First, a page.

Subcortical structures in amyotrophic lateral sclerosis

Henk Jan Westeneng, Esther Verstraete, Renée Walhout, Ruben Schmidt, Jeroen Hendrikse, Jan H. Veldink, Martijn P. van den Heuvel, Leonard H. van den Berg*

*Corresponding author for this work

Research output: Contribution to JournalArticleAcademicpeer-review


The aim of this study was to assess the involvement of deep gray matter, hippocampal subfields, and ventricular changes in patients with amyotrophic lateral sclerosis (ALS). A total of 112 ALS patients and 60 healthy subjects participated. High-resolution T1-weighted images were acquired using a 3T MRI scanner. Thirty-nine patients underwent a follow-up scan. Volumetric and shape analyses of subcortical structures were performed, measures were correlated with clinical parameters, and longitudinal changes were assessed. At baseline, reduced hippocampal volumes (left: p= 0.007; right: p= 0.011) and larger inferior lateral ventricles (left: p= 0.013; right: p= 0.041) were found in patients compared to healthy controls. Longitudinal analyses demonstrated a significant decrease in volume of the right cornu ammonis 2/3 and 4/dentate gyrus and left presubiculum (. p= 0.002, p= 0.045, p < 0.001), and a significant increase in the ventricular volume in the lateral (left: p < 0.001; right: p < 0.001), 3rd (. p < 0.001) and 4th (. p= 0.001) ventricles. Larger ventricles were associated with a lower ALSFRS-R score (. p= 0.021). In conclusion, ALS patients show signs of neurodegeneration of subcortical structures and ventricular enlargement. Subcortical involvement is progressive and correlates with clinical parameters, highlighting its role in the neurodegenerative process in ALS.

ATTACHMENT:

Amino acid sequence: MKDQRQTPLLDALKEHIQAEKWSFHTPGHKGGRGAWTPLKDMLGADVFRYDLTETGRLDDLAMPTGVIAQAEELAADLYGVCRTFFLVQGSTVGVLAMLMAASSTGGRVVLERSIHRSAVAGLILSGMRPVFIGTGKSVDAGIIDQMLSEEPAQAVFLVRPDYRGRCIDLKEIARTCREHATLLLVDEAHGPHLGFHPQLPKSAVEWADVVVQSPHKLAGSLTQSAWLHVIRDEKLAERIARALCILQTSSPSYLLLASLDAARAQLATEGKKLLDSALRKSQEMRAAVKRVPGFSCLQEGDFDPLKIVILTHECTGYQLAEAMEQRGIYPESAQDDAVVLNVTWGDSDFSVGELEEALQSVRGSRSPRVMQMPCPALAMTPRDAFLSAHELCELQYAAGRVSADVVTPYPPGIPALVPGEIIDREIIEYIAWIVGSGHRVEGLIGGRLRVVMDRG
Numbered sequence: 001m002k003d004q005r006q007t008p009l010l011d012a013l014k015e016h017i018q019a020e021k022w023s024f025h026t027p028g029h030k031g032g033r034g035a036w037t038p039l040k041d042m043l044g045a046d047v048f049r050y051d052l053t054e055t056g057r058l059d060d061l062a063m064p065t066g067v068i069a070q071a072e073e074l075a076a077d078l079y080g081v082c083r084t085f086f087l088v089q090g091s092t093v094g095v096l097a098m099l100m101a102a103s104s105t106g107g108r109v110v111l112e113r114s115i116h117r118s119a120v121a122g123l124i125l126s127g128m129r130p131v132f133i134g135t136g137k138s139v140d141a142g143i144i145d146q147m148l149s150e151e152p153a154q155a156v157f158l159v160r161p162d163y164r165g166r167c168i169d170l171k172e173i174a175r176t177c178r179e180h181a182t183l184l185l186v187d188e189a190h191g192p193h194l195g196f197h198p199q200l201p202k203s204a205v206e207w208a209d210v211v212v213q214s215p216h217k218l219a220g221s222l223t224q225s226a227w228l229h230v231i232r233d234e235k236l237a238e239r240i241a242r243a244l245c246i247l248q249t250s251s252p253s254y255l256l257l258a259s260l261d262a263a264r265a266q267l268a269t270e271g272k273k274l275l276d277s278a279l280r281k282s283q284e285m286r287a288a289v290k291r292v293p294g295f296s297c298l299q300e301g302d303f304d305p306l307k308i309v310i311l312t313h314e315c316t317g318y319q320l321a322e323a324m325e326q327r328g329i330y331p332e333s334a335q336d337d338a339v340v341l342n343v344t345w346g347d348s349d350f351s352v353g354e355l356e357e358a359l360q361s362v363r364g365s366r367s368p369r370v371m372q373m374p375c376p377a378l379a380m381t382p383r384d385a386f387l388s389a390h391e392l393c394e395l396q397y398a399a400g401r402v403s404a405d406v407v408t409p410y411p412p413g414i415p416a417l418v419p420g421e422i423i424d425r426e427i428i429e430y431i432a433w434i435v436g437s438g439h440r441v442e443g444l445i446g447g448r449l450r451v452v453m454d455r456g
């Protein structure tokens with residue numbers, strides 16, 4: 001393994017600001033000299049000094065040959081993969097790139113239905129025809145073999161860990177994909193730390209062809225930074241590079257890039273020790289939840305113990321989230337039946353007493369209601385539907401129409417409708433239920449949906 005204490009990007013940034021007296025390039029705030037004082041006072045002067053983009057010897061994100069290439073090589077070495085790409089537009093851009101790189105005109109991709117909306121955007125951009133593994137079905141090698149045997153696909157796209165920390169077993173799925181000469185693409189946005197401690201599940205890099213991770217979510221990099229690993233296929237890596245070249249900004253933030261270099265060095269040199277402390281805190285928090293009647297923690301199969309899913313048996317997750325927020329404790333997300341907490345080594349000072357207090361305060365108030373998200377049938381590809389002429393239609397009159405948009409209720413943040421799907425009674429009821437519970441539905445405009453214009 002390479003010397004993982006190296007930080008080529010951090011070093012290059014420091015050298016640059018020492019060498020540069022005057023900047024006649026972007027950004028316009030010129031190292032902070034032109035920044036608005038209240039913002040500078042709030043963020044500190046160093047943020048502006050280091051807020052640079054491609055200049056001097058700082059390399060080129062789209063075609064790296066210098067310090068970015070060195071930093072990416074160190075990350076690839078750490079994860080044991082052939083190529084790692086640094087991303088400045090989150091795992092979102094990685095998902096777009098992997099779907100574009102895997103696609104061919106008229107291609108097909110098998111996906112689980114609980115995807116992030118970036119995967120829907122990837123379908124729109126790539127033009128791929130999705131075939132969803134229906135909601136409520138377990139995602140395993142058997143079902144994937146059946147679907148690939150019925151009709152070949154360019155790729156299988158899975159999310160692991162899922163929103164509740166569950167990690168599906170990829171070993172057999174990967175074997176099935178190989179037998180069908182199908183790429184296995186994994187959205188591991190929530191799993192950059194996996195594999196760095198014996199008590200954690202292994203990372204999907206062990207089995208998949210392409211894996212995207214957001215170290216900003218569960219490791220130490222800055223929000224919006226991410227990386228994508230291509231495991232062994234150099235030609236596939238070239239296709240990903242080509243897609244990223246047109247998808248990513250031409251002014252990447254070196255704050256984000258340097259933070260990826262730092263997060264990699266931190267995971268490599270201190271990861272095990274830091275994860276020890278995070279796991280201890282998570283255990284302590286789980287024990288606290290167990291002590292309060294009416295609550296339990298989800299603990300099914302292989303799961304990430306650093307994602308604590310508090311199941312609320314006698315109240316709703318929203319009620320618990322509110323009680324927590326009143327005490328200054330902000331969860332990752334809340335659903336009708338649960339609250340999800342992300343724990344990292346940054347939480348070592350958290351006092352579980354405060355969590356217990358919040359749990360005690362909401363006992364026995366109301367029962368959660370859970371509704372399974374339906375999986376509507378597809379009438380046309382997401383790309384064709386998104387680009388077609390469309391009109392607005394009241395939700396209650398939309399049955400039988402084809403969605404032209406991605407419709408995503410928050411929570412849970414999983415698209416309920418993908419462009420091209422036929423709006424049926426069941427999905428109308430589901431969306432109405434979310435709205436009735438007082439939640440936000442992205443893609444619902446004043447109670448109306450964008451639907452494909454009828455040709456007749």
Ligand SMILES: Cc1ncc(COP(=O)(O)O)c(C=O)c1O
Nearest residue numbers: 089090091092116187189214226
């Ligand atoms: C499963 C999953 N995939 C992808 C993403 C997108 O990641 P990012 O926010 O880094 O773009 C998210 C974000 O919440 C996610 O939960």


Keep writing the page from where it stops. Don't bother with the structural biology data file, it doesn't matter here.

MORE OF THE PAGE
Original languageEnglish
Pages (from-to)1075-1082
Number of pages8
JournalNeurobiology of Aging
Issue number2
Publication statusPublished - 1 Feb 2015
Externally publishedYes


  • Amyotrophic lateral sclerosis
  • Basal ganglia
  • Hippocampal subfields
  • Longitudinal
  • Magnetic resonance imaging


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